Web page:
and parking. At noon twenty seven ushers and twenty guides arrived to
prepare for handling the movement and seating of persons attending the
service. All were of the grades of major or lieutenant colonel, or the
equivalent. The ushers represented all the uniformed services (nine
Army, three Marine Corps, six Navy, six Air Force, and three Coast Guard),
while the guides were Army officers. In charge of both ushers and guides
was an officer from the Military District of Washington.
Troops to cordon off the ceremonial area around the entrance to the
cathedral reported at 1230. An officer and six men of a floral detail
also arrived to handle the transfer of flowers within the cathedral
and from the cathedral to Arlington National Cemetery. About 1300 the
body bearers, who again represented all the armed forces, arrived and
Mr. Dulles's casket was borne from the Bethlehem Chapel to the nave
of the cathedral. At the same time the national colors were posted in
the main chapel and the guard of honor took post around the casket.
Shortly afterward invited guests and the first members of the official
funeral party, including members of the cabinet, justices of the Supreme
Court, members of Congress, and state and territorial governors, arrived.
About 1345 distinguished foreign dignitaries, the honorary pallbearers,
and a special honor guard were ushered into the cathedral. Among the
foreign dignitaries were Chancellor Konrad Adenauer and Mme. Chiang
Kaishek; the foreign ministers of Great Britain, France, West Germany,
Turkey, Italy, the Netherlands, and the Soviet Union; and the Secretary
General of the North Atlantic Treaty Organization, Paul-Henry Spaak.
The special honor guard included the Chairman of the Joint Chiefs of
Staff, the Army Chief of Staff and Vice Chief of Staff, the Chief of
Naval Operations and the Vice Chief of Naval Operations, the Chief of
Staff and Vice Chief of Staff of the Air Force, the Commandant and Assistant
Commandant of the Marine Corps, and the Commandant and Assistant Commandant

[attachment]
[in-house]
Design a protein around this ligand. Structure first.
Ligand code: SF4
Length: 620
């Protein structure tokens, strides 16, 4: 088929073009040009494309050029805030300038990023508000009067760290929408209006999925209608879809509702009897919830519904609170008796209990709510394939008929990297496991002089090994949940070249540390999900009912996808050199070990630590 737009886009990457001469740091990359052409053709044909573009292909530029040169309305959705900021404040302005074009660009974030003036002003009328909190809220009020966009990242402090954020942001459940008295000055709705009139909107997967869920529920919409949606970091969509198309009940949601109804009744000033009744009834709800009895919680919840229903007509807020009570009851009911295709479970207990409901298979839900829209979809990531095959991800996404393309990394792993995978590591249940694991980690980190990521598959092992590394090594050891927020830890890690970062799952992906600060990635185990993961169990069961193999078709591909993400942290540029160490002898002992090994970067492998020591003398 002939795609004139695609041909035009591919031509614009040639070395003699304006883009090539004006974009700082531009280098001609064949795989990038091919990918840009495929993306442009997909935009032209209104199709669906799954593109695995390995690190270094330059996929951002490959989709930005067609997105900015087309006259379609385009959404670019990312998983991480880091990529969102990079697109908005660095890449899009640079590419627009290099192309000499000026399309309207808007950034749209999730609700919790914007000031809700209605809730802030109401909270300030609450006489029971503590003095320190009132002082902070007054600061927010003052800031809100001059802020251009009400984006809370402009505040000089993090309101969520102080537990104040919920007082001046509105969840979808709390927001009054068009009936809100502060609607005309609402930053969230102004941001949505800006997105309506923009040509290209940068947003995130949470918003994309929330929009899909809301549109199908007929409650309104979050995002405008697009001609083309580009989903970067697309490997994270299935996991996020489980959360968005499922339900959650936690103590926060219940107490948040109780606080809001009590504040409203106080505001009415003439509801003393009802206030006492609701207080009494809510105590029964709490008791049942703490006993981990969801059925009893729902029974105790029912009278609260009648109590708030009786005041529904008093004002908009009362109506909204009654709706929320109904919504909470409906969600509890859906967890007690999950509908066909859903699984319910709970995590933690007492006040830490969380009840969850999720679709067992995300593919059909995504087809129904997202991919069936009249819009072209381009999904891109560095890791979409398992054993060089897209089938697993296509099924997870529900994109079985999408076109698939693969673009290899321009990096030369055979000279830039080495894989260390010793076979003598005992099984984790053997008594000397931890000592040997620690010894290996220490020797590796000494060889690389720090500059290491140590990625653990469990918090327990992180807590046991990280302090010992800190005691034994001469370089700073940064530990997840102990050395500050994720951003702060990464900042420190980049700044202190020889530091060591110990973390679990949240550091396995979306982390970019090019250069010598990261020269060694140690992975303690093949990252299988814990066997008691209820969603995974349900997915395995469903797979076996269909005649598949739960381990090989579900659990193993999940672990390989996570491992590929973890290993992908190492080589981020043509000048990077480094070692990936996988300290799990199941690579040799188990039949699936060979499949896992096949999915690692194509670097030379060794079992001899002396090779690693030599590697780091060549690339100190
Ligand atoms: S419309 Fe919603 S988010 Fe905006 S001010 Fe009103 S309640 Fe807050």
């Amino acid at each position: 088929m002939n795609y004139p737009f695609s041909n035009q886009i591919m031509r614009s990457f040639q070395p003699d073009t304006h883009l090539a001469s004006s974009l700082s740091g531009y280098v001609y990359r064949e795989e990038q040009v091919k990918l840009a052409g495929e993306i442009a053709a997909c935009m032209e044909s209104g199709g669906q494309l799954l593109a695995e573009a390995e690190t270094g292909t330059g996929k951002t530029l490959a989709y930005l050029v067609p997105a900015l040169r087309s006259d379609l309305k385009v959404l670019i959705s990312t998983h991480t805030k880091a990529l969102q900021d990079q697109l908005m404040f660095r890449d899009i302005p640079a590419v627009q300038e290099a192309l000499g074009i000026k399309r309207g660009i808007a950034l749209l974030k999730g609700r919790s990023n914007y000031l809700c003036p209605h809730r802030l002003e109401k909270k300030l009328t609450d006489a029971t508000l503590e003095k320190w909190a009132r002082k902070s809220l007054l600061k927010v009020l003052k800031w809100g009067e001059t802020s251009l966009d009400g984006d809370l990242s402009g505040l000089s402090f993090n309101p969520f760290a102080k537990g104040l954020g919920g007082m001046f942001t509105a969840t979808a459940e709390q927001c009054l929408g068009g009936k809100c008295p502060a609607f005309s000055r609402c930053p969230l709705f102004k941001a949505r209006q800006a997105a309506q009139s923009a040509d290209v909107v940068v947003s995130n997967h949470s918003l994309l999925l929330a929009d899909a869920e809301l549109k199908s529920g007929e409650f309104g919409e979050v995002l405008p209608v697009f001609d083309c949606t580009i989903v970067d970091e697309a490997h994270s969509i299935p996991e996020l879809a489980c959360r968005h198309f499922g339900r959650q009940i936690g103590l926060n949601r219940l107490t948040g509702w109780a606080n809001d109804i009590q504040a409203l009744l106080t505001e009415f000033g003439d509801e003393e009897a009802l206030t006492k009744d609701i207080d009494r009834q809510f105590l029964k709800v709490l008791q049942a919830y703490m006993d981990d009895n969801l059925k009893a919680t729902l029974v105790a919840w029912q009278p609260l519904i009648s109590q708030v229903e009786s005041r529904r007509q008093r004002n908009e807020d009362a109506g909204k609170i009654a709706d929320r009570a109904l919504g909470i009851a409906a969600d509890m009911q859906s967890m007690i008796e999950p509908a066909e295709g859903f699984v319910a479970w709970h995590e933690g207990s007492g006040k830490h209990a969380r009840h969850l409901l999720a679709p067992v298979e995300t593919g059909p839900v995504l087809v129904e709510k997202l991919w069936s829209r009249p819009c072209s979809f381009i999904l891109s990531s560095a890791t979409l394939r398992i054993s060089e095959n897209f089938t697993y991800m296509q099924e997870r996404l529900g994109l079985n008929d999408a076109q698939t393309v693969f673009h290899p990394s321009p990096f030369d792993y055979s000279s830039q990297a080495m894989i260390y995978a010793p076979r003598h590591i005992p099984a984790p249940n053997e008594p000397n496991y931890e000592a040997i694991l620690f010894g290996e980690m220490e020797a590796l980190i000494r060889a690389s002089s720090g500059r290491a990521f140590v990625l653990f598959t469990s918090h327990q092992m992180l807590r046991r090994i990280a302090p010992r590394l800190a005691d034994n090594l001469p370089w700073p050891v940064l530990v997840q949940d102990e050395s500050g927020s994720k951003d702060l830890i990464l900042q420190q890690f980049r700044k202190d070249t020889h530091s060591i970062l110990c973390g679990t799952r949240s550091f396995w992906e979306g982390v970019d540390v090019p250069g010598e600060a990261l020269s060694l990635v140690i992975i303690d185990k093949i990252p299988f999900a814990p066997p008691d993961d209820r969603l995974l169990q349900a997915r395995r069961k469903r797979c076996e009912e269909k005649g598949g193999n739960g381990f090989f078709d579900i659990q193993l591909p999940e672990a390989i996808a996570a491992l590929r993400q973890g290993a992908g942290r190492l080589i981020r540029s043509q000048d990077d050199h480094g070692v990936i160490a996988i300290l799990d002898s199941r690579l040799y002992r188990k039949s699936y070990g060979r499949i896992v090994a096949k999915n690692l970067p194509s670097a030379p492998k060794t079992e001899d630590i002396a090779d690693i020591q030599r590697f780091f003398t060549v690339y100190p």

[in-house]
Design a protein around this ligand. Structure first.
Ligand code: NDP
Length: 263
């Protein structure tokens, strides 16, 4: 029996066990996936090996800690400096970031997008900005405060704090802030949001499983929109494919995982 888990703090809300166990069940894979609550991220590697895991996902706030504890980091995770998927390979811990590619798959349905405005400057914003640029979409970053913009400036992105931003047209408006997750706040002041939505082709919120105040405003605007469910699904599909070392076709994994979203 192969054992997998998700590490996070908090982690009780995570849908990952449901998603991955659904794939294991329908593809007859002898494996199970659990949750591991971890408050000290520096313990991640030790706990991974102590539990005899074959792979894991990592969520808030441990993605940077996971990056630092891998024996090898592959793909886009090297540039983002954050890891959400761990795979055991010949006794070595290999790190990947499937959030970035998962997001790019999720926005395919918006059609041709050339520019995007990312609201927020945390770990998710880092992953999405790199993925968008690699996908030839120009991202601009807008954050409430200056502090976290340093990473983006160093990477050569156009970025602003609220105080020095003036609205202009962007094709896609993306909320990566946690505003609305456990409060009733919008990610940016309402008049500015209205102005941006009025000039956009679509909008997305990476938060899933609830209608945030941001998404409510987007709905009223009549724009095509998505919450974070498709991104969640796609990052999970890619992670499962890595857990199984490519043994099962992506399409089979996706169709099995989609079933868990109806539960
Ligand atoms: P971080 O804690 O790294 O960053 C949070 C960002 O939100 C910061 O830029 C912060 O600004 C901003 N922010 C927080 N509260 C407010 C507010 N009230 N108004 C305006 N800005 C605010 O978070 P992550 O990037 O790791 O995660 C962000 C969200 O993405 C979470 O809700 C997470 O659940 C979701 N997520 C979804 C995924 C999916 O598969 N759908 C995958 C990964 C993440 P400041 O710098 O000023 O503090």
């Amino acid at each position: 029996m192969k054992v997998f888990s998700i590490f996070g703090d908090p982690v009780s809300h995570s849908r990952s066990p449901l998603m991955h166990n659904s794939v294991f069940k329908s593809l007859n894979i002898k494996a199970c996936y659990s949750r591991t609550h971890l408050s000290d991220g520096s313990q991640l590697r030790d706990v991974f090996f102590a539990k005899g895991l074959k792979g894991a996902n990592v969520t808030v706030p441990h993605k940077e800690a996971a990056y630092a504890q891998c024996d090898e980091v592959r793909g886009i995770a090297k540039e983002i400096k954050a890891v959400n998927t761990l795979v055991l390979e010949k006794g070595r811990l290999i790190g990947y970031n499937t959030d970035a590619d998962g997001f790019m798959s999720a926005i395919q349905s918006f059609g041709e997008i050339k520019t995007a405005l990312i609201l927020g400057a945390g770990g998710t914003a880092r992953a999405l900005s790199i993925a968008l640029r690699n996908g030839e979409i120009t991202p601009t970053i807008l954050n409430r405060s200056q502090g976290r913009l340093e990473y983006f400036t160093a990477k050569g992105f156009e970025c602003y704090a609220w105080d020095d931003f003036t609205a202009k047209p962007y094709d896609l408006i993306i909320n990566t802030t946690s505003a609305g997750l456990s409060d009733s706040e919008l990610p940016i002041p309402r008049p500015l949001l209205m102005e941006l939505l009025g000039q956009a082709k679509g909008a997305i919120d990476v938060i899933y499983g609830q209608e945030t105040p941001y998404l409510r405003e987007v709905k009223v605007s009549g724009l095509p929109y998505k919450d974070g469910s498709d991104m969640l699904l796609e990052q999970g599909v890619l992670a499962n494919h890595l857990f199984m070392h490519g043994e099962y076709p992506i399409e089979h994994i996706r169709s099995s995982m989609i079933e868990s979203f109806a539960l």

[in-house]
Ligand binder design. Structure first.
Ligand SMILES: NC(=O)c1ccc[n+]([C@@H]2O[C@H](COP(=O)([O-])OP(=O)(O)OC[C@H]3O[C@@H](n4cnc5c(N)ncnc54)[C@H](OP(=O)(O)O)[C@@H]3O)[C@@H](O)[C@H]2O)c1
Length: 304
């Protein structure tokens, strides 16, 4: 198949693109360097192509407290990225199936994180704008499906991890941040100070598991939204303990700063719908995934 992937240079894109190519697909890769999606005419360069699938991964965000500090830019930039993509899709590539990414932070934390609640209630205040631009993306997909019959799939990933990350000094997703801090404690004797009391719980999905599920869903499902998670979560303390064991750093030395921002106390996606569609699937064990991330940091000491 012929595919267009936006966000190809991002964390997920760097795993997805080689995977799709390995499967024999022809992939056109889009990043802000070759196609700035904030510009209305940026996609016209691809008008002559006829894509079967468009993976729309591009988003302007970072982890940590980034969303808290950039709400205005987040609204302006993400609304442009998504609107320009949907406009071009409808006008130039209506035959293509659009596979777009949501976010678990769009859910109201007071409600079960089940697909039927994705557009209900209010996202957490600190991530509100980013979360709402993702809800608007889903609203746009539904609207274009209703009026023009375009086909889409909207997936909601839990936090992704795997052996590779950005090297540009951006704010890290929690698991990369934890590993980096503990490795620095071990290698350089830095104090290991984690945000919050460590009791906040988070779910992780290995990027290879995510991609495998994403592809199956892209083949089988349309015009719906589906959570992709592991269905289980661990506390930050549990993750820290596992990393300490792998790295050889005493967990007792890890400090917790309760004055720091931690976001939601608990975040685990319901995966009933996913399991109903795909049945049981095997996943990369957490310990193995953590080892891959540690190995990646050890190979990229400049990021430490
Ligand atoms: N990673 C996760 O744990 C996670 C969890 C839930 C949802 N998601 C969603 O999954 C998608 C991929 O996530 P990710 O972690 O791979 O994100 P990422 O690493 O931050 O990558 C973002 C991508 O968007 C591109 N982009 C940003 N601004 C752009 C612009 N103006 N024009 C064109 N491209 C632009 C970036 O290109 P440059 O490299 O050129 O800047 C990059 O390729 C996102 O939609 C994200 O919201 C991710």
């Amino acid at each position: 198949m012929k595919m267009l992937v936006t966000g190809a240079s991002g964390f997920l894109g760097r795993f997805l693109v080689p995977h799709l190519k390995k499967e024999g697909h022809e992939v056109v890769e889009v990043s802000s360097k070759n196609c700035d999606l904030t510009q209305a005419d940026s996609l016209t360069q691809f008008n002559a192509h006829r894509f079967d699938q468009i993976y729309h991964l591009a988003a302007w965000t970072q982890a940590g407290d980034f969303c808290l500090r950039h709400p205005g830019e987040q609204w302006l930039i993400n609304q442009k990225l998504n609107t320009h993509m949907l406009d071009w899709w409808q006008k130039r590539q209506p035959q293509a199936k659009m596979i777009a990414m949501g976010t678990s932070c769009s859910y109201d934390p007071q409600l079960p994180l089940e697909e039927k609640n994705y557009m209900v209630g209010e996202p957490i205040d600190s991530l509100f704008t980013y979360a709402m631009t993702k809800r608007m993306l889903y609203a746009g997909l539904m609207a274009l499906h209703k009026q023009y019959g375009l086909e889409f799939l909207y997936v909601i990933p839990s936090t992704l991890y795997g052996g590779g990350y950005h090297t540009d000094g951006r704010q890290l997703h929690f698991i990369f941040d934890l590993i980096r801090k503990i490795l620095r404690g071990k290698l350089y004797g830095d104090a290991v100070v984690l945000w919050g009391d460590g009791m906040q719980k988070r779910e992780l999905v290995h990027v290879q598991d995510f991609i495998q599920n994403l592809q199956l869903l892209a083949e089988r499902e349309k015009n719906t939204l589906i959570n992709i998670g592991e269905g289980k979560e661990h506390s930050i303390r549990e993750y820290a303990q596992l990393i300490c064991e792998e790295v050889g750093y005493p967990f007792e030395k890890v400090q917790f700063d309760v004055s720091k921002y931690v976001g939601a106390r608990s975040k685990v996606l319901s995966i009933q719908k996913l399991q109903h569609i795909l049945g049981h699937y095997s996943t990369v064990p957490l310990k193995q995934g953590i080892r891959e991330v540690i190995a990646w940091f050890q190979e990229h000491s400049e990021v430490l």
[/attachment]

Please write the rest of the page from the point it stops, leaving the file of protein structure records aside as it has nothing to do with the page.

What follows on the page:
of the Coast Guard. Over the next fifteen minutes, Vice President Nixon
and his party, President Eisenhower and his party, and Mrs. Dulles and
her family were ushered to their seats. Upon the arrival of Mrs. Dulles,
the guard of honor around the casket retired, and the funeral service
At the opening of the service a hymn, "O God, Our Help in Ages
Past," was sung by a choir of thirty boys marching down the aisle
from the north transept of the cathedral. Dr. Wolfe, Dr. Elson, and
Dr. Barnes in turn offered prayers and read from the Old and New Testaments.
As Mrs. Dulles had requested, no eulogies were delivered.
At the conclusion of the service, about 1430, the honorary pallbearers
left the cathedral to form a cordon outside the entrance. When they
were in position, the procession formed, the color detail leading. The
clergy preceded the casket, which was followed by the personal flag
bearer, the Dulles family, President Eisenhower and his party, Vice
President Nixon and his party, the mortician, and the rest of the official
funeral party. Members of the procession moved directly to vehicles
for the journey to Arlington National Cemetery.
After the body bearers placed the casket in the hearse, they stood fast
with the national color detail while the cortege formed and departed
for the cemetery. The body bearers, the color detail, and the floral